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What I've Been Reading, December 2020 Edition


Tundra Swans in flight, Dan 2020


Howdy,

Today I'm reporting my latest read in a fantastic historical action-adventure series and a couple of spec fic titles.


The Empty Throne by Bernard Cornwell

Cornwell's Saxon Tales continues to be one of the most enjoyable series I've ever read in any genre. In the eighth installment, Uhtred is older, wiser, and the life of a lord of war is catching up to him. Injuries old and new plague him throughout the novel. He is forced to lead from the back instead of in the shield wall's front and center. Luckily, his injuries have not dampened his guile. He outfoxes his enemies in the end, and when it really counts, proves that he still is a force to be reckoned with on the battlefield with a sword in hand.


Every book in the series is incredible. I'll be sorry when the series finally ends. The

aspiring author can learn much about how to create an enduring character by reading these books.


The Invisible Life of Addie LaRue by V.E. Schwab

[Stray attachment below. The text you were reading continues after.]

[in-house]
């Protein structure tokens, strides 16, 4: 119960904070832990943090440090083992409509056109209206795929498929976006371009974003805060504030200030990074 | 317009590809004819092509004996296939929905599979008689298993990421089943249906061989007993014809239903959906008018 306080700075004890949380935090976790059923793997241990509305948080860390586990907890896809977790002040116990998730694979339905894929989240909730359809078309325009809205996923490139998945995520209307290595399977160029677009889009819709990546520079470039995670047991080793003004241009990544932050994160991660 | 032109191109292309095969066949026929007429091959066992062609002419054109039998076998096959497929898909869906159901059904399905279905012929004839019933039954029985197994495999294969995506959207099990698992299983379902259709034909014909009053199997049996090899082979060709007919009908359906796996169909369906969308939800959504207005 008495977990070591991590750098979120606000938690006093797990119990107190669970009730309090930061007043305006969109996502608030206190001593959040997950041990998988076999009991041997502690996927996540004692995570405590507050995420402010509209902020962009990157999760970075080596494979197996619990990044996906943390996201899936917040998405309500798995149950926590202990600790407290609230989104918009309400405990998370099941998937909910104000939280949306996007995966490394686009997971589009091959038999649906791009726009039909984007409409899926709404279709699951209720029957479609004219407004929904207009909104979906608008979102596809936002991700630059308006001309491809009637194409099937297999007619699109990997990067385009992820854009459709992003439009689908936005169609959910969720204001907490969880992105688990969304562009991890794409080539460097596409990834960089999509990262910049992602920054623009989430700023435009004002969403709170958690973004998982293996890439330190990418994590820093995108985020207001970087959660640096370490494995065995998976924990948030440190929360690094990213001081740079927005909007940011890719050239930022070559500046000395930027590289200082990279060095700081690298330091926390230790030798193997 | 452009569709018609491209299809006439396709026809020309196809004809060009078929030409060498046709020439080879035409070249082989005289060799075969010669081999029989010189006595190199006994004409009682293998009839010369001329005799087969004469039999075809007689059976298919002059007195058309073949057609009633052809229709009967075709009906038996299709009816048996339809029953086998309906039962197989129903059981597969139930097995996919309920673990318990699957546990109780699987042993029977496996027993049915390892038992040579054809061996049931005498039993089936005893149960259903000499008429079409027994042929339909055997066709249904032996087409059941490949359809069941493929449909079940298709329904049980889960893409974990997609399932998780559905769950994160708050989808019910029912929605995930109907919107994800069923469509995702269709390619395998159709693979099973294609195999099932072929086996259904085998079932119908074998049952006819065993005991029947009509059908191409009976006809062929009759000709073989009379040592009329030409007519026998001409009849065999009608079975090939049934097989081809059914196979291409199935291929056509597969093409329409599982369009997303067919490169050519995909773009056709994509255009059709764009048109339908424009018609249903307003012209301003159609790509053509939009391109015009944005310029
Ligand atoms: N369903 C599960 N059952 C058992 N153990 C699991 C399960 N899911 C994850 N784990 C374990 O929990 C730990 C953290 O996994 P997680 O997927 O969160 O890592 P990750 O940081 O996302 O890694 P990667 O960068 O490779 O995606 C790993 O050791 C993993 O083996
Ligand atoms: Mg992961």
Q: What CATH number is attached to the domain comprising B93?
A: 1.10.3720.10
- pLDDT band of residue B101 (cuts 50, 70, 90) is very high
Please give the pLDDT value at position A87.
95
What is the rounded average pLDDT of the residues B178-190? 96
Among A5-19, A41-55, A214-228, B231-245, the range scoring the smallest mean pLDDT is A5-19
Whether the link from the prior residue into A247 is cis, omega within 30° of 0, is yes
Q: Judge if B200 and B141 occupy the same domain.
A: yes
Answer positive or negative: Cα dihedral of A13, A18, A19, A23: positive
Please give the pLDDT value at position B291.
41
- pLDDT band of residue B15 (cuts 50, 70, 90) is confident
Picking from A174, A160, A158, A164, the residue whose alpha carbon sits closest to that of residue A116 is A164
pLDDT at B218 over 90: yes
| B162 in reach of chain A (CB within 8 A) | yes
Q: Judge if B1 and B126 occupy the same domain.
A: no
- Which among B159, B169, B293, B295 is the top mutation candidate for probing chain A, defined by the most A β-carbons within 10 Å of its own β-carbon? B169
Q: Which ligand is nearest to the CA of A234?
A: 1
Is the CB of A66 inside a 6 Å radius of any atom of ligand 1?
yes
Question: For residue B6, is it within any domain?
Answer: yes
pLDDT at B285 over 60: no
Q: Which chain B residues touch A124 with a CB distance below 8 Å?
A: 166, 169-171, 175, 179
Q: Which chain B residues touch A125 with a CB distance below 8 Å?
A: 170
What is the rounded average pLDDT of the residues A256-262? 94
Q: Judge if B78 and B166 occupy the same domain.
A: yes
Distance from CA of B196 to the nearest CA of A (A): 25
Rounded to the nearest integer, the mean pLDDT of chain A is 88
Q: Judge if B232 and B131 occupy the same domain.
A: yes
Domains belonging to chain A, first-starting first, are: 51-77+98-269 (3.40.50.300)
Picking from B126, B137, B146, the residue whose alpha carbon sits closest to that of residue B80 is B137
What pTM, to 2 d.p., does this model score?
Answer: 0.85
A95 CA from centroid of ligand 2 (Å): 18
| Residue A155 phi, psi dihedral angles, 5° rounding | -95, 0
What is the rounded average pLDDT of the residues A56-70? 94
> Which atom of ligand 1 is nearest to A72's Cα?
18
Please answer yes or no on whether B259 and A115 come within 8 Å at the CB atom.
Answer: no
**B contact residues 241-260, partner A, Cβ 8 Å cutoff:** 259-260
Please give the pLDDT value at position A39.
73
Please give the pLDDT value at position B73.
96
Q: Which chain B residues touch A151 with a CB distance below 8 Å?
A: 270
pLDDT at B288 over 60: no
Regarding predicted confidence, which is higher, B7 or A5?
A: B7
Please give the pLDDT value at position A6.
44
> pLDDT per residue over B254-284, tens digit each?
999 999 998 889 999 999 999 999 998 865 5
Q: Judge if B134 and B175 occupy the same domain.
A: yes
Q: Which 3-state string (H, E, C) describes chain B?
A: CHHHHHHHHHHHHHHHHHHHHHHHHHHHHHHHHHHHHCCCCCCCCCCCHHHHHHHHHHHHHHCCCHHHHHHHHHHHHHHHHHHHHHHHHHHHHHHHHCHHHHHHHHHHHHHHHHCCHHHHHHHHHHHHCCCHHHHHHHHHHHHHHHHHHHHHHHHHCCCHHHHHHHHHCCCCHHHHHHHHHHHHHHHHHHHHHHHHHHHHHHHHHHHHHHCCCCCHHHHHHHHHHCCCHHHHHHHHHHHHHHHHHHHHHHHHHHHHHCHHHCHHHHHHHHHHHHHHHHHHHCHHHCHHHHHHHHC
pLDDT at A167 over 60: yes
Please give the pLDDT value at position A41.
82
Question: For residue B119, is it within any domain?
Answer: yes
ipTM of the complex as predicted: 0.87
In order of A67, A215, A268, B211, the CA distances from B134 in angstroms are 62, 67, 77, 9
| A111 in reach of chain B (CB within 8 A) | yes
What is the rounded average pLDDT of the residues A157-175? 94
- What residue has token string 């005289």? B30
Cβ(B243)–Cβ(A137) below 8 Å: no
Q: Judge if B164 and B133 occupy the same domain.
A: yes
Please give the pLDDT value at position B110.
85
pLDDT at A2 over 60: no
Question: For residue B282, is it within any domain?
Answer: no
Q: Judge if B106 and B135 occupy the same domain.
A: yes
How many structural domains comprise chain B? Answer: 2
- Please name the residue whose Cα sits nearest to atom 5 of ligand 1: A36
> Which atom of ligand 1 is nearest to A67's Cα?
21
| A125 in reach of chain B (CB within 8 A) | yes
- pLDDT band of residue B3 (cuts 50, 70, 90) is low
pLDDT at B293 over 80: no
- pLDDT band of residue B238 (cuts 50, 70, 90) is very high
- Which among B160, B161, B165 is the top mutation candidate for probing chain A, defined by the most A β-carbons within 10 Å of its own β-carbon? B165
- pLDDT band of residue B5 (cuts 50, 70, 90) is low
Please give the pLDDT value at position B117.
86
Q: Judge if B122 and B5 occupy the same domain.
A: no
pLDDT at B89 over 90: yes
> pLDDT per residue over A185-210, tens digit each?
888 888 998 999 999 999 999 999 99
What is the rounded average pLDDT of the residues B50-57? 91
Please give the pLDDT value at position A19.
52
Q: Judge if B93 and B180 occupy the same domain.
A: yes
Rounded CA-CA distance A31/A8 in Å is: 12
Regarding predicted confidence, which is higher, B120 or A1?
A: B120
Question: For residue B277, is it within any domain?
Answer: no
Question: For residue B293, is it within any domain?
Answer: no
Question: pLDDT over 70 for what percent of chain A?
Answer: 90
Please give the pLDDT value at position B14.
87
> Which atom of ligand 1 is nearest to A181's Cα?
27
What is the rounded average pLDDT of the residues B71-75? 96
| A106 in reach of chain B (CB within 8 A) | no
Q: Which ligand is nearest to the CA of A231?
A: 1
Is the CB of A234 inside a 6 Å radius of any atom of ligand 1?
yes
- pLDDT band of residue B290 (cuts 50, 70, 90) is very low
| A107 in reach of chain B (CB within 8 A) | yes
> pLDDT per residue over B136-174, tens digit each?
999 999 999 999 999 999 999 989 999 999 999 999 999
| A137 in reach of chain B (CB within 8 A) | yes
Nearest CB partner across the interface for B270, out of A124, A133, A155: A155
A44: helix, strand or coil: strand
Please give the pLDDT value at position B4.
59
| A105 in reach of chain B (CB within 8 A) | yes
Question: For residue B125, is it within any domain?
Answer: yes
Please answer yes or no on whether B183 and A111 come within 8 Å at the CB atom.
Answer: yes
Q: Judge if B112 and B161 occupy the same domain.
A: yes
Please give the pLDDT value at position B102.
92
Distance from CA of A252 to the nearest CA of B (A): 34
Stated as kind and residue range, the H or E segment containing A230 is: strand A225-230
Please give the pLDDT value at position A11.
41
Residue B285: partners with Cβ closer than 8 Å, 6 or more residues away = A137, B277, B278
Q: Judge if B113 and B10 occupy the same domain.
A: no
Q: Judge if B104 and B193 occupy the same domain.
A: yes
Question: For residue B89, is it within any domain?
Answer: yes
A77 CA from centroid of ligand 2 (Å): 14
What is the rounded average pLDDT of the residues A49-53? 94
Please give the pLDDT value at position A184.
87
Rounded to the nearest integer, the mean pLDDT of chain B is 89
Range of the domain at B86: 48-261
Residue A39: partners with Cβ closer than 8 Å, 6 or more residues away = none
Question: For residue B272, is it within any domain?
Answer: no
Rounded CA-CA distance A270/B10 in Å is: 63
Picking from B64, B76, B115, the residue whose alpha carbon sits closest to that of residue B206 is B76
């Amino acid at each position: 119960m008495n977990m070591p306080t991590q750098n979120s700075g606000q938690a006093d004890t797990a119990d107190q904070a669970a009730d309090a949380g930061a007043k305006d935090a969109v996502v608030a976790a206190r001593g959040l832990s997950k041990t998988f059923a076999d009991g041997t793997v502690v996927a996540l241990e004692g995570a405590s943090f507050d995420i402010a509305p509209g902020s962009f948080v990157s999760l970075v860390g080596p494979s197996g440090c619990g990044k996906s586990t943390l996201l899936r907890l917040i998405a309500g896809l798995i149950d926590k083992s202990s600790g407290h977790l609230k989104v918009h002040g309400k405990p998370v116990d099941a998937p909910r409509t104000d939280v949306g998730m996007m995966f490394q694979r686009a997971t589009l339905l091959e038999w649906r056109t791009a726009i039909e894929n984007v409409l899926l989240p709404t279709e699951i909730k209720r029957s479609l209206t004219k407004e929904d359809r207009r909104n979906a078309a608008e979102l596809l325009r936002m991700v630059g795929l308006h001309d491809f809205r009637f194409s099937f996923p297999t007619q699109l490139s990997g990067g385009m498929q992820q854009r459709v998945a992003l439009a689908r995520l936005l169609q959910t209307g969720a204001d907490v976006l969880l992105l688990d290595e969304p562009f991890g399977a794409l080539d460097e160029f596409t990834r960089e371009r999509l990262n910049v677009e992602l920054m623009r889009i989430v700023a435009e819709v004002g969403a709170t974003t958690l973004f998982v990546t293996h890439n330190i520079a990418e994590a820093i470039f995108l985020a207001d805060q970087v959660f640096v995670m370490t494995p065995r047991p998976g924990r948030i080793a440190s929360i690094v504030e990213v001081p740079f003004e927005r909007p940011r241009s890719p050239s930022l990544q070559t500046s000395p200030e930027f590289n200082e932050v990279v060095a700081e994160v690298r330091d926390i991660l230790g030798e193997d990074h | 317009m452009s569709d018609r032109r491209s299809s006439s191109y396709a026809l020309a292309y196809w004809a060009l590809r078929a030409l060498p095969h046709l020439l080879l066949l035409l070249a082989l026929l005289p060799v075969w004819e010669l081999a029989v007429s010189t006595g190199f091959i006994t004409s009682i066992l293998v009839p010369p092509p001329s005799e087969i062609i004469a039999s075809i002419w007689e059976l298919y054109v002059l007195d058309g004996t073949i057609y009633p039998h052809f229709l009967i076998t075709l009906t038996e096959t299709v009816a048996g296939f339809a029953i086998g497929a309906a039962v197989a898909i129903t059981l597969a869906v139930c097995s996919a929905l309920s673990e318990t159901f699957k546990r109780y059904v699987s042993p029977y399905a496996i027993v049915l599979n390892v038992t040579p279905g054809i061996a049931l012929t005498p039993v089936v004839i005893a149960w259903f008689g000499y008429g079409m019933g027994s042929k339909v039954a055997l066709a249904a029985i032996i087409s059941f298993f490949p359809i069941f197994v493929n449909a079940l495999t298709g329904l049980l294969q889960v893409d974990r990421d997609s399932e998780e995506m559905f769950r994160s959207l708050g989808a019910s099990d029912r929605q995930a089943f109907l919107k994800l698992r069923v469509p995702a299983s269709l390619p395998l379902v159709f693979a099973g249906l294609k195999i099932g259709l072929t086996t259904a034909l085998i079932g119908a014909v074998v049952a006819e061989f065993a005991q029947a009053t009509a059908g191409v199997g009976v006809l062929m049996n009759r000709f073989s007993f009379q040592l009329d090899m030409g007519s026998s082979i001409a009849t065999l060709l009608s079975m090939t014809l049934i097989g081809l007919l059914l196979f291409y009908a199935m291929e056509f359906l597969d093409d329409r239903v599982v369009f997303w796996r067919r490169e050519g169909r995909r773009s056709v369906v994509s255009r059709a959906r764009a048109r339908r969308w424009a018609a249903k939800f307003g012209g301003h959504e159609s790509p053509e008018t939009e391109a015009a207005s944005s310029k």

Rarely have I liked a book less that I desperately wanted to like as this one. I simply did not identify with the eponymous protagonist. Since the story follows her exploits over 300 years, it's hard to enjoy the book without enjoying her. Having said that, I think most fans of V.E. Schwab will find much to like in this novel. Many of the same (and very similar) themes found in her Darker Shade of Magic series are explored in this book.


Artificial Condition by Martha Welles

This is the second installment of the fabulous Murderbot Diaries. Overall, it's an enjoyable romp, mostly due to the absolutely amazing protagonist, the Murderbot. I don't know that I enjoyed this novella as much as All Systems Red. I think the reason why is that the story has the same easily discernible beats as the predecessor. The story crescendos to a very noticeable forte that is almost if not quite a climax, then decrescendos briefly before rushing to the actual climax. If this pattern continues in the subsequent installments, it might decrease my enjoyment of the stories. Right now, I still eagerly anticipate reading the next installment.


Like I've mentioned before, Martha Welles does a fantastic job with the protagonist. The Murderbot is just alien enough to be fascinating while being human enough to readily identify with. The first two novellas in the series are well worth reading by any aspiring speculative fiction writer.

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